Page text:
Television is a mess. It’s a jungle of complicated, money eating features, functions, and add on devices. You’ve got that big, beautiful, flat screen, high res LCD TV and what can you watch?
Cable TV or DVDs. After that, everything and anything else you add to the TV is a clumsy, cumbersome mess of cables, interfaces, resolutions, extra costs, and more remotes. What’s TV’s killer app? The DVR (digital video recorder). Why does Apple TV matter?
The 21st Century State Of Television
How much has television changed in the 21st century? Not much. It’s still controled by the cable or satellite companies. 500 channels and nothing is on. More channels, higher resolution video, better audio, more selection, higher prices.
Without question, the killer app and device of the 21st century is the DVR.
But it’s another add on device. Blu-ray is an add on. DVDs are add ons. Add on devices and options are popping up every month. Hulu, Netflix, Boxee, Cisco, Google, and Apple all want in on your TV screen, still mostly controlled by the cable company.
With a DVR (digital video recorder; either TiVo or rented from the cable company) we can at least watch what we want, when we want to watch it, and fast forward over most of the annoying commercials. A 60-minute TV show can become 40 minutes of a time shifting, time saving video luxury.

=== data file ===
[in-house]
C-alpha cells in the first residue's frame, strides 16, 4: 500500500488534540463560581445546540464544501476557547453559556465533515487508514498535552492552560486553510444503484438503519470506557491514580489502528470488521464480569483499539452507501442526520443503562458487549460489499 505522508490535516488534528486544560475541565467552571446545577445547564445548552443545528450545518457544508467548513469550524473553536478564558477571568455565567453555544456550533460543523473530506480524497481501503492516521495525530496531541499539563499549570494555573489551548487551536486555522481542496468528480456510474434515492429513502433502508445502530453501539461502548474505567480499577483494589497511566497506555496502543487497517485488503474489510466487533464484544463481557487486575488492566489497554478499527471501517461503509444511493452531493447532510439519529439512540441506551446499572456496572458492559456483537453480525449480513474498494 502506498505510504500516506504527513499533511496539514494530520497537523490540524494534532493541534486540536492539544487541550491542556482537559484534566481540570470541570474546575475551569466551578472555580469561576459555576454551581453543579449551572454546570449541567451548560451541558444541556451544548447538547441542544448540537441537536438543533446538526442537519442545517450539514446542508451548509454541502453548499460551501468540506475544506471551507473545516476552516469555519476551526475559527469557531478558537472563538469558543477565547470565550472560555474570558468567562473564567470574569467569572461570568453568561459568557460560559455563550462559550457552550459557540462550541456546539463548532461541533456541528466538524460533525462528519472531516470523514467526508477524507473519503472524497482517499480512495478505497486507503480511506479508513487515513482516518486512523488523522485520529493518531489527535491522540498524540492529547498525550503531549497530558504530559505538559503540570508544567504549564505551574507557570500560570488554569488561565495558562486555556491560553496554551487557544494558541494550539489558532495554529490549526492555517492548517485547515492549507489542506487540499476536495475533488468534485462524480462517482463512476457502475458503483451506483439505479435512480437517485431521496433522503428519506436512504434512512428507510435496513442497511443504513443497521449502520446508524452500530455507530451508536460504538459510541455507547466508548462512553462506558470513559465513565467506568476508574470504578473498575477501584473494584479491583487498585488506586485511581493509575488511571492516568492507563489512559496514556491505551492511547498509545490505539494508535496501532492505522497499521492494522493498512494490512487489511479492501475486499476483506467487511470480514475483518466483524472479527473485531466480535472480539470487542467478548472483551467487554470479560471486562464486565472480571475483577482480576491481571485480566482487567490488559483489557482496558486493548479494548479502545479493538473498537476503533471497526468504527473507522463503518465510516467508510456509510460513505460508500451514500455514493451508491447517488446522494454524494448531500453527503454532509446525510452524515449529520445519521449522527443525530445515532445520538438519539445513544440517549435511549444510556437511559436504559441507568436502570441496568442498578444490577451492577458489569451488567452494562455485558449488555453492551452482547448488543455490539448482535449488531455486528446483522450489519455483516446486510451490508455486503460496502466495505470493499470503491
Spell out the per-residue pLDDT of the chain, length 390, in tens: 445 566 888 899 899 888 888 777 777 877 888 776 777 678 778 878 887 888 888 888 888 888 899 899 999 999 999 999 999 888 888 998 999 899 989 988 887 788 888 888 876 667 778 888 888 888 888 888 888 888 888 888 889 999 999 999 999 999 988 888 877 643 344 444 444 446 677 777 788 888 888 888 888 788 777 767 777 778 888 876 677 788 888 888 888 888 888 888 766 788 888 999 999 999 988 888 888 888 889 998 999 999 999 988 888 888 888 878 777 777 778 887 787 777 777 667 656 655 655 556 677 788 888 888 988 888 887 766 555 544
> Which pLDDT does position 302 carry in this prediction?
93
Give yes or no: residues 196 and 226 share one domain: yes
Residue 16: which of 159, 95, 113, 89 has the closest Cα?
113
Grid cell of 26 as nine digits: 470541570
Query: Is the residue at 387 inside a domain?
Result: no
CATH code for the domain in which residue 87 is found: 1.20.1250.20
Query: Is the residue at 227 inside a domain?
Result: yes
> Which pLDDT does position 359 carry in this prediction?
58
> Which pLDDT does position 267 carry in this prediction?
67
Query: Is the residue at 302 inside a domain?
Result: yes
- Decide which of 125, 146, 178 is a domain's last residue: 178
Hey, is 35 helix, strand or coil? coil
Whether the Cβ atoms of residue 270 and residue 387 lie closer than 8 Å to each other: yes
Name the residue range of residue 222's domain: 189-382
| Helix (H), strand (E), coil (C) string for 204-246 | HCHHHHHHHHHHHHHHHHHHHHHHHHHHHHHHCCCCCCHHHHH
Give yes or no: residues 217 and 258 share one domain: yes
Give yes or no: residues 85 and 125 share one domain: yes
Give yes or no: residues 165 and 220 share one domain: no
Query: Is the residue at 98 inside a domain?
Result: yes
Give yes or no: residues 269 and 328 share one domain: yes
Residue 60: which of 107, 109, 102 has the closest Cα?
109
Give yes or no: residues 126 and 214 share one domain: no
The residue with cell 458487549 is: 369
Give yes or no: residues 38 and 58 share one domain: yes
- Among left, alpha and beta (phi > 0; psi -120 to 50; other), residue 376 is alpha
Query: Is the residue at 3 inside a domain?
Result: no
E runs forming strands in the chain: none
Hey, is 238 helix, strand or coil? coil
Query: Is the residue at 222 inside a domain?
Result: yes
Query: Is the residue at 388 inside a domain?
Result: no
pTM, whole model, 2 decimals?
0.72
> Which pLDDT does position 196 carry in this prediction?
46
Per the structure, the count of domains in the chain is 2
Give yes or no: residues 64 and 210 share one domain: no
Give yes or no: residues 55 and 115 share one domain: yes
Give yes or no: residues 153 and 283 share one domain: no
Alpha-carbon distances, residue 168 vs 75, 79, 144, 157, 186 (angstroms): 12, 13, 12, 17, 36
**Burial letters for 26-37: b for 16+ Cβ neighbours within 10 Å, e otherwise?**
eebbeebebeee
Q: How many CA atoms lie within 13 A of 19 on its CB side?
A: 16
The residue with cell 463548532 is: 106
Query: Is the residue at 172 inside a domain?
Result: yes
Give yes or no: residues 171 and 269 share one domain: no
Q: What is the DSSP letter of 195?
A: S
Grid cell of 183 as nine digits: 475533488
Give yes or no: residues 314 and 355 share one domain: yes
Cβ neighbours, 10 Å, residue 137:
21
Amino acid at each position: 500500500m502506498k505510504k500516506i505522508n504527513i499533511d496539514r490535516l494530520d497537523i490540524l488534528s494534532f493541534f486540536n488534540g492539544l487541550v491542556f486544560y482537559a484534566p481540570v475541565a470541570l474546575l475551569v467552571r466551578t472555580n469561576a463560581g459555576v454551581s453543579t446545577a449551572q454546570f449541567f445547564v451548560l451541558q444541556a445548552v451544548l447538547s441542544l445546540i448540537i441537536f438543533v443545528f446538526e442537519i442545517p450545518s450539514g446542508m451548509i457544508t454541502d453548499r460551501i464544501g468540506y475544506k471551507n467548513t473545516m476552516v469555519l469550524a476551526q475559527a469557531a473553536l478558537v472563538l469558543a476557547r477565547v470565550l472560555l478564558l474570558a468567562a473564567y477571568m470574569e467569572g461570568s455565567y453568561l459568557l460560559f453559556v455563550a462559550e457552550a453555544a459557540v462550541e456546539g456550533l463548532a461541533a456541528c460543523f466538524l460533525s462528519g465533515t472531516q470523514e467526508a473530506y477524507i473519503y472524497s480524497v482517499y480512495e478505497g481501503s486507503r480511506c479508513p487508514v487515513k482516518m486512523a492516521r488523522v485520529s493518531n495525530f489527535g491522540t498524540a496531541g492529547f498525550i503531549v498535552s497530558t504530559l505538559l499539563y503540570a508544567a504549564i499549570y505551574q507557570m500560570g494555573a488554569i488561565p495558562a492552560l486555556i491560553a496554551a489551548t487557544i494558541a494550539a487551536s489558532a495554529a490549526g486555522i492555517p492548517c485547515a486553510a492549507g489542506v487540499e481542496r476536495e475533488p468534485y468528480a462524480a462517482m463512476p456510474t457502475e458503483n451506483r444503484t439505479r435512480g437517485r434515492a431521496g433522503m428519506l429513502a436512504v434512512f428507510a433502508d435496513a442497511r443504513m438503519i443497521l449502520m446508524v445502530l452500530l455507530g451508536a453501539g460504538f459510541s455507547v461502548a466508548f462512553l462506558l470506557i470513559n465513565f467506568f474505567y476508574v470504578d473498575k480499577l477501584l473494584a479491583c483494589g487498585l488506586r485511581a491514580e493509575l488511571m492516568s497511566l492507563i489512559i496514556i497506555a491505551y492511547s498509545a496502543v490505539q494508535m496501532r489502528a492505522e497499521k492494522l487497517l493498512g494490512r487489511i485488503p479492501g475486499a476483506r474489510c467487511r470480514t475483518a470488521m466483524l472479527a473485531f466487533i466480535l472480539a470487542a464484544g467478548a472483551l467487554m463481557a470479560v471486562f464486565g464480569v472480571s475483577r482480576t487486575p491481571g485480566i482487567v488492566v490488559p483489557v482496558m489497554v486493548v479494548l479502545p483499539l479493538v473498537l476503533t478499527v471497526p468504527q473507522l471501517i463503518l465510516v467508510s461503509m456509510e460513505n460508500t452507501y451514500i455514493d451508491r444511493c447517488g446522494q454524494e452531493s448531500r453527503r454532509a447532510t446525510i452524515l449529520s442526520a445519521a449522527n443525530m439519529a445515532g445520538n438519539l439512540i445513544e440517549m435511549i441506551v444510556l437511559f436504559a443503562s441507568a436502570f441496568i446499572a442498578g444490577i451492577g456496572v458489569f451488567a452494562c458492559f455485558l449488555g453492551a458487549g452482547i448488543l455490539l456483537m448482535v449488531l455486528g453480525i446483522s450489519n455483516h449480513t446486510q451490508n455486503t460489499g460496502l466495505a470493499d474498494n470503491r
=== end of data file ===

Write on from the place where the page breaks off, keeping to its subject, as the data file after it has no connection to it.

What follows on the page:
Apple TV Hobby Turned Trojan Horse
Apple described the original Apple TV as a hobby, and with good reason. It’s a crowded field of devices attached to the television, still controlled by a consortium of cable companies not willing to give up the remote control without a fight.
What do 21st century television watchers really want? Whether movies, TV shows, news, or live events, we want to watch what we want, when we want, and on whatever device we want, mobile or stationary.
That’s easier said than done. No one has a solution. And the new $99 Apple TV won’t do much to change that. Yet. Apple TV is still another add on device with seemingly nominal value. It won’t replace cable TV or satellite TV. It won’t replace your DVR or DVD player. What is it?
The new Apple TV is a Trojan Horse. How so?
At $99, Apple TV is an easy to try device. It is simple and plugs into any modern TV, but doesn’t offer much beyond a modest selection of TV show and movie rentals. It’s missing the much coveted digital video recorder function. It doesn’t sync or manage video and photos stored on Macs or PCs. Basically, it’s a streaming device with a simple to navigate interface.
iPhone, iPod touch, and iPad users will be able to control and stream video clips and photos through Apple TV to the television. Apple TV will stream TV shows, movies, video clips, and photos from Macs or Windows PCs, too.
Apple TV is buzz word compliant and comes with instant HD movie and TV show rentals at nominal prices, as well as Netflix, YouTube, Flickr, and MobileMe access. Even with all that capability, Apple TV is still a hobby, an interesting, relatively inexpensive add on TV for Mac and PC users who have an iPhone or iPod touch or iPad.